He'd been lying in wait for a few days now. Studying her schedule, finding out about her habits. He'd seen them chatting and laughing at the diner and he knew exactly what they were celebrating. Watching them, he'd felt the helpless anger rise once more. Why should they enjoy life when he couldn't? Why should they be alive when his brother would be dead in a matter of days?
Sometimes, when those questions took over, there was a curtain of red before his eyes. He wanted to make someone pay, hurt someone. He wouldn't let himself get carried away though, too important were the plans he'd made, the lesson he was going to teach them.
If they could kill someone he loved, so could he.
He watched her standing at the coffee stand with her friend, the cop. He would approach her as soon as she was alone. See if she got the message.
When the inspector's cell rang and she excused herself to head back into the building, Stephen decided it was time to make his move.
"Damn it, I've got to go." Lindsay left her half-finished latte on the counter. She laid a hand on Jill's shoulder, squeezing gently. "I know this is bad, but only a few days, and it will be over."
Jill made a face. "Yeah. Until the next time."
"I'll come with you. And if you want, we'll get drunk afterwards."
"Right." Jill gave her a half-smile and sighed. "So much fun to get wasted with the happy couple making eyes at each other."
Lindsay tried, but she couldn't seem to keep the smile off her face. No matter how dire the reality of their day jobs was at the moment, the thought of Cindy seemed to make it all go away. Jill wished she had an easy solution like that for herself, but the truth was, she hadn't slept in days. It didn't help thinking that the man who was going to be executed come Friday had shot a pregnant cop and kept saying he'd do it again if in the same situation.
"You have to go."
"Sorry. I'll see you later."
Jill picked up her own coffee, watching her friend head up the stairs of the Hall thoughtfully.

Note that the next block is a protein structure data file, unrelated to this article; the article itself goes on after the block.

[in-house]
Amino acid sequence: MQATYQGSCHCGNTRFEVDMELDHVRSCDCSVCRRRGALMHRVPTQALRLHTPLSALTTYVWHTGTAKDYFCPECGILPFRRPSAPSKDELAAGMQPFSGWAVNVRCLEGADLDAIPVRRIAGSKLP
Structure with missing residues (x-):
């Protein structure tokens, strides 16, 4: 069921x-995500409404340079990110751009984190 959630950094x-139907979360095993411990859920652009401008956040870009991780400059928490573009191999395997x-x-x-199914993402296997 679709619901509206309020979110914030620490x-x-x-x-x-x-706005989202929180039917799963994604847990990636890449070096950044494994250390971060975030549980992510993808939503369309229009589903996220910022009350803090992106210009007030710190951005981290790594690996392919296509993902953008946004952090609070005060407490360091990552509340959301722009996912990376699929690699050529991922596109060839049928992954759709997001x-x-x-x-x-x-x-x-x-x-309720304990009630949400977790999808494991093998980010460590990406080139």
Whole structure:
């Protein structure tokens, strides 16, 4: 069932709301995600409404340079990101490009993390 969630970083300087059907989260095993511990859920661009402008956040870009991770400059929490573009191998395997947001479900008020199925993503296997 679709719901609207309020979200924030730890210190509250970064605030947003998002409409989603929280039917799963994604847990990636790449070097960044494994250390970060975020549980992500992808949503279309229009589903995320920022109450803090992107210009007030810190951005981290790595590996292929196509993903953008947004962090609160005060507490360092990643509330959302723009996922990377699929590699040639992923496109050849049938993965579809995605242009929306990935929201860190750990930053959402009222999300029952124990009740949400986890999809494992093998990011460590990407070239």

She nearly dropped her coffee, a few drops spilling over the rim as she spun around. "Yes?" Futilely, she tried to calm her skittish heart. This case had her on edge. It was silly. The man, early twenties, dressed in jeans and a light blue shirt, didn't seem all that dangerous. Never mind the fact that they were standing in front of a house full of cops.
"Do you remember me?" he asked, giving her a smile, but now there was clearly something off.
He looked faintly familiar, but Jill didn't know where to place him. To have Cindy's eidetic memory...
"You should," he said. "Five years ago, you saw me in court every day."
There was the vision of a skinny teenager, hard to reconcile with the man now standing in front of her, but realization was beginning to dawn on her. "Look," she said, a shiver running down her spine like a foreboding. "I'm really sorry. I wish there was any other solution, but he was caught on the security camera killing the woman. He said he needed the money in order to support both of you, and he would do it again."
"I knew what he said. Every single word," the man hissed. "You'll remember mine, Ms. Bernhardt. After this week is over, you'll never forget me."
"Wait! You can't--"
He just turned and walked away, lost in the crowd only seconds later.
Spooked, Jill stood there for a moment, then she went back in the building, deciding she'd check up on him.
Better be safe than sorry.
"That sounds very much like a threat, Jill." Lindsay shook her head as she chastised her friend for waiting until now to tell them about Donnie McNash's younger brother.